Ricochet is the best place on the internet to discuss the issues of the day, either through commenting on posts or writing your own for our active and dynamic community in a fully moderated environment. In addition, the Ricochet Audio Network offers over 50 original podcasts with new episodes released every day.
Snow is blowing in from the west across the country road I’m walking on, which runs north-south, leading to the county airport. Not much snow though — if I took a photo I could probably count flakes. To my right (west) is a cornfield that rolls like chocolate that has melted and solidified again. It has the texture of bran — in dips where the rain has settled that’s exactly what it looks like — and is the same color a Labrador would be if you covered it in hair gel. Nothing tall is growing on it, so I have a clear view across to Walmart.
To my left is another field intersected about halfway — about 50 feet from where I am — by a 10-foot-high black wire fence that runs the perimeter of the airport and that Bill — my American father in law — says cost millions to build. I believe him. It must be five miles long. At this end, I once saw two coyotes cross like meteors in dim evening light. They were heading northeast at the speed of a marathoner pacing himself. They ran like they owned the world.
A couple of dozen Canada Geese have flown overhead since I left the house. I’m guessing it’s seen a million now because the Civil War was still two decades away when it saw its first. Back then the house was in the spot the parking lot by Walmart sits now. Two decades ago, Walmart decided they wanted that spot — paid out the old owners for it — and Bill bought it for a dollar and had it shifted it a half-mile around the corner to where it sits now facing northeast in a funnel of Ash, maple, sycamore, and walnut.
Looking from the front, you’d be standing on an acre of mown grass seeing the funnel’s left side extend around and out of view to a downward sloping hill. On the right side, you see around the back of a two-story garage that uses the same color scheme as the house — white with green trim and roof.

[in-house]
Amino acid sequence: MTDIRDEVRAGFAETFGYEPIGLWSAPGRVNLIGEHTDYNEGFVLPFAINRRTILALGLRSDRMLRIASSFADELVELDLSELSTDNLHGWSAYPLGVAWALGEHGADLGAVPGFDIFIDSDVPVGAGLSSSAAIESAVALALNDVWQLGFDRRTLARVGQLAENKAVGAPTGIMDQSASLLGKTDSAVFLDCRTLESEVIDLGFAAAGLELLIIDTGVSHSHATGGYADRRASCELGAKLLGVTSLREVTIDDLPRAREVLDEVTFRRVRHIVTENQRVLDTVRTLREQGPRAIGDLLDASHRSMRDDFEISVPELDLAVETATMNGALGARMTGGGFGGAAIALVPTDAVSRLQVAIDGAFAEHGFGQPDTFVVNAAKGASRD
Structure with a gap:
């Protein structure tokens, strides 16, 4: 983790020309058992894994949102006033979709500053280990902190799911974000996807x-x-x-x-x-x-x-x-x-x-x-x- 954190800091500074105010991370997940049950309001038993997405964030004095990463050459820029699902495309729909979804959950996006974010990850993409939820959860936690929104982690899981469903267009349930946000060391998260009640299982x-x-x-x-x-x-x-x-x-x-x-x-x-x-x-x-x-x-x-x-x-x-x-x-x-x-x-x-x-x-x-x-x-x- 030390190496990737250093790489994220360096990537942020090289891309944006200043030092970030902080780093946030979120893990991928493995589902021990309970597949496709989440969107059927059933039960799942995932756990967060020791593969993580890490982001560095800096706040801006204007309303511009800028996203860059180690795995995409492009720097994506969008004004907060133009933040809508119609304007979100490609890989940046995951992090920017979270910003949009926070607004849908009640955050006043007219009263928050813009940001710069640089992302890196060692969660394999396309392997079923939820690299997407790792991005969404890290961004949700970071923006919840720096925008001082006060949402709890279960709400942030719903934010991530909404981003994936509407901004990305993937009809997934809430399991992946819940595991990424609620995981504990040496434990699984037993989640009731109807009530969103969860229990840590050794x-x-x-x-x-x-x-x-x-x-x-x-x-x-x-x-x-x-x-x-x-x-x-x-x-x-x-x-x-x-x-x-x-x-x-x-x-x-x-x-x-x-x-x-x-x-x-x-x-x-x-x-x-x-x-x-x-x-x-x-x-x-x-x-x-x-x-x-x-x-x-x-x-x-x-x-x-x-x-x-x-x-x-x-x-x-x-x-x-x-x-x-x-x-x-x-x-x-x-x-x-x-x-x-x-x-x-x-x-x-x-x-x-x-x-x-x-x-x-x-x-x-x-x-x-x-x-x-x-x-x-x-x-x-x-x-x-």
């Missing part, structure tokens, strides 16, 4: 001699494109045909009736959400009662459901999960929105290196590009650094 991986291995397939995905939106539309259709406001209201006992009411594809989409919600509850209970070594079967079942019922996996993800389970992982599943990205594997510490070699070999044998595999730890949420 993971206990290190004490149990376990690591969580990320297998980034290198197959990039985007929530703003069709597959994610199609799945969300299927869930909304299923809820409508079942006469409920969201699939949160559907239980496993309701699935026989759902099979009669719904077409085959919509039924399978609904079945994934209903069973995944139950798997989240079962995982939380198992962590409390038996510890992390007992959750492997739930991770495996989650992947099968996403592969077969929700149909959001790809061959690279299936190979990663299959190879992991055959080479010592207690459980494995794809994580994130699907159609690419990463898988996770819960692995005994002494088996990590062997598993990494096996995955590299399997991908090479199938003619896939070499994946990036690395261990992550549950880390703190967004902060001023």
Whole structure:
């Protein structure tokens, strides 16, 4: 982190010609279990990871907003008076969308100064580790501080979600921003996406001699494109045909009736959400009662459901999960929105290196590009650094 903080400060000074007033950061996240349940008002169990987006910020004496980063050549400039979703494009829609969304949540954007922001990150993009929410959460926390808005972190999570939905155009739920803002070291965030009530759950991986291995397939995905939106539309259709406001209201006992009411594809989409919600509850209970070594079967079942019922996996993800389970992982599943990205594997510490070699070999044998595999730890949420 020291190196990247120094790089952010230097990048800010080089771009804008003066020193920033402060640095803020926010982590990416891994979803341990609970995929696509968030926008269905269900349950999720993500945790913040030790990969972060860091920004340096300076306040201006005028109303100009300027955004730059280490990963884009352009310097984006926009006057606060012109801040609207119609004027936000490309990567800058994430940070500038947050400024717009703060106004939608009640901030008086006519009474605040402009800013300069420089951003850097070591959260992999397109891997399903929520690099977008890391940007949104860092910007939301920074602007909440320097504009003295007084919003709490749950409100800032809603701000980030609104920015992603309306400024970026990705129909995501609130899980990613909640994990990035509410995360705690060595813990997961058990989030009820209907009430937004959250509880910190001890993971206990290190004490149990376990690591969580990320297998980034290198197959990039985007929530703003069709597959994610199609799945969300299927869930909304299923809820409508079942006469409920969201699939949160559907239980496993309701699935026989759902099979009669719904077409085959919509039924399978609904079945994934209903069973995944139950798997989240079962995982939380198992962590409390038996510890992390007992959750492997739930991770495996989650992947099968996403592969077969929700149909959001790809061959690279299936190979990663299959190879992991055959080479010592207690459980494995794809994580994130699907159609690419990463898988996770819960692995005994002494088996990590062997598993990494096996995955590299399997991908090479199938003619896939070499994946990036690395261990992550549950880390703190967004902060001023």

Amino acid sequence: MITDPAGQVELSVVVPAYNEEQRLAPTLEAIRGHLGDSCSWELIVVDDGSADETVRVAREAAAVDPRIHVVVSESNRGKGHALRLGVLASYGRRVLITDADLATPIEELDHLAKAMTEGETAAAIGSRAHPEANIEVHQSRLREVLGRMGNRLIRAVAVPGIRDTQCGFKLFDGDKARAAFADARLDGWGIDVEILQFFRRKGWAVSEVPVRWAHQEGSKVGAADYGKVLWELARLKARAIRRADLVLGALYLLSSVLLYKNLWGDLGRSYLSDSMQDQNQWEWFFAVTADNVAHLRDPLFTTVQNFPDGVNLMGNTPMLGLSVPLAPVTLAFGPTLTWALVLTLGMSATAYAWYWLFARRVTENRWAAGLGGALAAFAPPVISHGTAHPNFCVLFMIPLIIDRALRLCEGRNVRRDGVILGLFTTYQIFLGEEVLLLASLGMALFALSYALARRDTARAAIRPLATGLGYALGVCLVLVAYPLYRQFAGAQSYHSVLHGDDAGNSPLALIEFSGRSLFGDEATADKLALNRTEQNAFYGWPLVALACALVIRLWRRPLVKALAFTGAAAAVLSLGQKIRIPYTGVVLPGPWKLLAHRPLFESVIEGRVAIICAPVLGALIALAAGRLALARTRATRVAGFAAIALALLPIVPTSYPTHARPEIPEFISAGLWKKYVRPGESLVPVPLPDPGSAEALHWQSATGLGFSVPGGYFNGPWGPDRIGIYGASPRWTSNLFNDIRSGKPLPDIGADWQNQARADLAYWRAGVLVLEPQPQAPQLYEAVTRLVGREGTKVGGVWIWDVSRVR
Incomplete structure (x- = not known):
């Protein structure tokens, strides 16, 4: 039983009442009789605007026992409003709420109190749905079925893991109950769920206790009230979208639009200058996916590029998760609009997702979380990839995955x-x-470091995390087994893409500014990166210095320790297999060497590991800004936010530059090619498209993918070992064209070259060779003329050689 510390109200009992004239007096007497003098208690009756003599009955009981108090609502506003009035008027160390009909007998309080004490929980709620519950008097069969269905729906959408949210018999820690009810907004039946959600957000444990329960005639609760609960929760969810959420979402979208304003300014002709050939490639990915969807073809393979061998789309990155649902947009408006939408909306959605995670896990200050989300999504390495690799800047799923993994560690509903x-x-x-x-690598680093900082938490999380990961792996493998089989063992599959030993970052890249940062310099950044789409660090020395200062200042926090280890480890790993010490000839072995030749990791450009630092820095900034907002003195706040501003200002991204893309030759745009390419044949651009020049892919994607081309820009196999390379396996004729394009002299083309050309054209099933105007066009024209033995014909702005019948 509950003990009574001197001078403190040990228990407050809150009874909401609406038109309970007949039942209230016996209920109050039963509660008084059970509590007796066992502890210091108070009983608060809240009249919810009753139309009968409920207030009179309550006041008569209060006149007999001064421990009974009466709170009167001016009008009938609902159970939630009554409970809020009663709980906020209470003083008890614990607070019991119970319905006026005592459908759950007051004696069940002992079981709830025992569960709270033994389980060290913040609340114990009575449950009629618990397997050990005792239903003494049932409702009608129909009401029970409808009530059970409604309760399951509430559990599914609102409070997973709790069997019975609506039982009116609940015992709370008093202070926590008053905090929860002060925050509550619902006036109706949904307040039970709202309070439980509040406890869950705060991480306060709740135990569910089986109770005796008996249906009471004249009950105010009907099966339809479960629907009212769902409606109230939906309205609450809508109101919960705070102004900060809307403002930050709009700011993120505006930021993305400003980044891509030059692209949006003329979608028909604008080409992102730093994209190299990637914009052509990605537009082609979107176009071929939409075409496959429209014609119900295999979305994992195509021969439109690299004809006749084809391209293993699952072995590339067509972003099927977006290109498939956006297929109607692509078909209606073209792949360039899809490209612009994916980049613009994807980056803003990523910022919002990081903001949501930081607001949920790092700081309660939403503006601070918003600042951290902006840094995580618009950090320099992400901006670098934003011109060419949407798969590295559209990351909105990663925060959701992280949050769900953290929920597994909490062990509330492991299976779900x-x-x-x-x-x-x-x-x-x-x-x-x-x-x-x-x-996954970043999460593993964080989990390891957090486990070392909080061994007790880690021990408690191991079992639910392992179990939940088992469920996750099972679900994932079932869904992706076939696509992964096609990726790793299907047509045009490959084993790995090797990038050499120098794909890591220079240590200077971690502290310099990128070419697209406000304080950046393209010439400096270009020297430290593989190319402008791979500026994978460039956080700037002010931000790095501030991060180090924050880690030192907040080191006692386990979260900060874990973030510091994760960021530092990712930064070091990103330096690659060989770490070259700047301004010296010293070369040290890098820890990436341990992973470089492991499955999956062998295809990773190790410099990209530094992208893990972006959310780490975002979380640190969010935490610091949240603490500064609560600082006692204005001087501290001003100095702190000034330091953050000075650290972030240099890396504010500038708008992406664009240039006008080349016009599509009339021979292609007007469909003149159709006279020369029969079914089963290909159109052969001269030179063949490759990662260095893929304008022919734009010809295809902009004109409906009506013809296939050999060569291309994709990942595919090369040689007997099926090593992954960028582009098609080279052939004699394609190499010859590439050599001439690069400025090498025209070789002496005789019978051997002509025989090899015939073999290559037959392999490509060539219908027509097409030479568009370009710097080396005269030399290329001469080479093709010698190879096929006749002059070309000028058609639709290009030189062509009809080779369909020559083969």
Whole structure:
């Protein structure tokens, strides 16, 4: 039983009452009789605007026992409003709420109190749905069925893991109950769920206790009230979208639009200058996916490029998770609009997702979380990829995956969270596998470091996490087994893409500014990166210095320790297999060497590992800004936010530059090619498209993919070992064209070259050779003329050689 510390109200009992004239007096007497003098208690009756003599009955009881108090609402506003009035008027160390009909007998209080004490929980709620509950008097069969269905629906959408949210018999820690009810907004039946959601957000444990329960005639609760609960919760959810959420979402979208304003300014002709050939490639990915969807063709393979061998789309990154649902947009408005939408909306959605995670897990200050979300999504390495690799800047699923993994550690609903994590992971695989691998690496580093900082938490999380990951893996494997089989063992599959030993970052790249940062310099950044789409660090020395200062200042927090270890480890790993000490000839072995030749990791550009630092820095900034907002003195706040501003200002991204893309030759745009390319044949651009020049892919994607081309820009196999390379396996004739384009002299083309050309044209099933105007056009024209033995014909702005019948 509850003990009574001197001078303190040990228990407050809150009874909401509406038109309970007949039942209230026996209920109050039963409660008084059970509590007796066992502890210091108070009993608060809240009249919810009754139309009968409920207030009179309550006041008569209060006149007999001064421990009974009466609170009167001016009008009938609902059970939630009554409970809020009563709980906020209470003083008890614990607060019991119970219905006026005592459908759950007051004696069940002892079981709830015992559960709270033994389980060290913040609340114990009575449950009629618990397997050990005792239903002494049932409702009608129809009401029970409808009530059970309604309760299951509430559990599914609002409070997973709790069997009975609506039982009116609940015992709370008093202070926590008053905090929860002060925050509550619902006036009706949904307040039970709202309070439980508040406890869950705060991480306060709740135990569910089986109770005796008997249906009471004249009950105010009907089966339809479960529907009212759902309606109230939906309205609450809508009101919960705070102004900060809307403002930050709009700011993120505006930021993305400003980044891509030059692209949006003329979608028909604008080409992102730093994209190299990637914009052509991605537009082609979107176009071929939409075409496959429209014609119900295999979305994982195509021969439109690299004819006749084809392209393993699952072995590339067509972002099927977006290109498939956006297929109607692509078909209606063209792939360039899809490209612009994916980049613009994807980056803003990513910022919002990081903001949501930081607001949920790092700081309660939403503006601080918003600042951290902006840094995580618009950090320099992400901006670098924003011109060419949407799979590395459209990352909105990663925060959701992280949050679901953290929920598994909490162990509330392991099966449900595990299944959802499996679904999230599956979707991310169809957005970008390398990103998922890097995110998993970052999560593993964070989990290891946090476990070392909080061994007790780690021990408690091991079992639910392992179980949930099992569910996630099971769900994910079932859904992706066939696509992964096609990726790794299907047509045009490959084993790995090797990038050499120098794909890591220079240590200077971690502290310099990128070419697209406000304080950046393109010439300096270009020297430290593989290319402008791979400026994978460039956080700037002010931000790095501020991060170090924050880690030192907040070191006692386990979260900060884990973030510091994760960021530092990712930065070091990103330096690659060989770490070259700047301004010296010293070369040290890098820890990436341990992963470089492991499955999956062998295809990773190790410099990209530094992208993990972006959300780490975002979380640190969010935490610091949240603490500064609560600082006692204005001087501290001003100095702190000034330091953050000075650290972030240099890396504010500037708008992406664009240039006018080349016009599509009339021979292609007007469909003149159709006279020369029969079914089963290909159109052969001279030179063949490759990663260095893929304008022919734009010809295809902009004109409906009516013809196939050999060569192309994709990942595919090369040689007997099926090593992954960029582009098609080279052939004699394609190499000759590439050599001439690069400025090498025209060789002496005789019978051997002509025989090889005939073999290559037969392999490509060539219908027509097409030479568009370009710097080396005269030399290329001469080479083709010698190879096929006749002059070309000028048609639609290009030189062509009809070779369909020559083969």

There’s a rumor the house was part of the Underground Railroad. I don’t know if that’s true. There’s another that Richard Nixon stayed in it. That might be true. If so, he probably knew its layout no worse than his own home’s. If memory serves me, whilst touring guests around his own house he unsuccessfully announced in front of two closed doors “and here is my study” — opening them into rooms that clearly were not.
But he did successfully do two things — at least as it relates to the town I’m in.
When President, he signed an executive order protecting coyotes that cross roads like meteors in dim evening light.
When Vice President, he opened the library at DePauw. Hence why the rumor he stayed there might be true. I’m in Greencastle, home of DePauw, and this is my ode to America.
This is the land where an awkward man with an ordinary background can become President. This is the land you can buy a house he might’ve stayed in for a dollar. This is the land where you can walk a half-mile and find thousands of other things in the same place for the same price. This is the land where law is passed and it means something — even for wild animals. This too is the land where prejudice made Underground Railroads necessary. But to paraphrase MLK — whose life’s fight a century later was made necessary by the presence of that same prejudice — this is the land where progress was made by it being “truer to what it said on paper.”
Snow is blowing in from the west across the country road I’m walking that runs north-south leading to the county airport — and I am grateful.Published in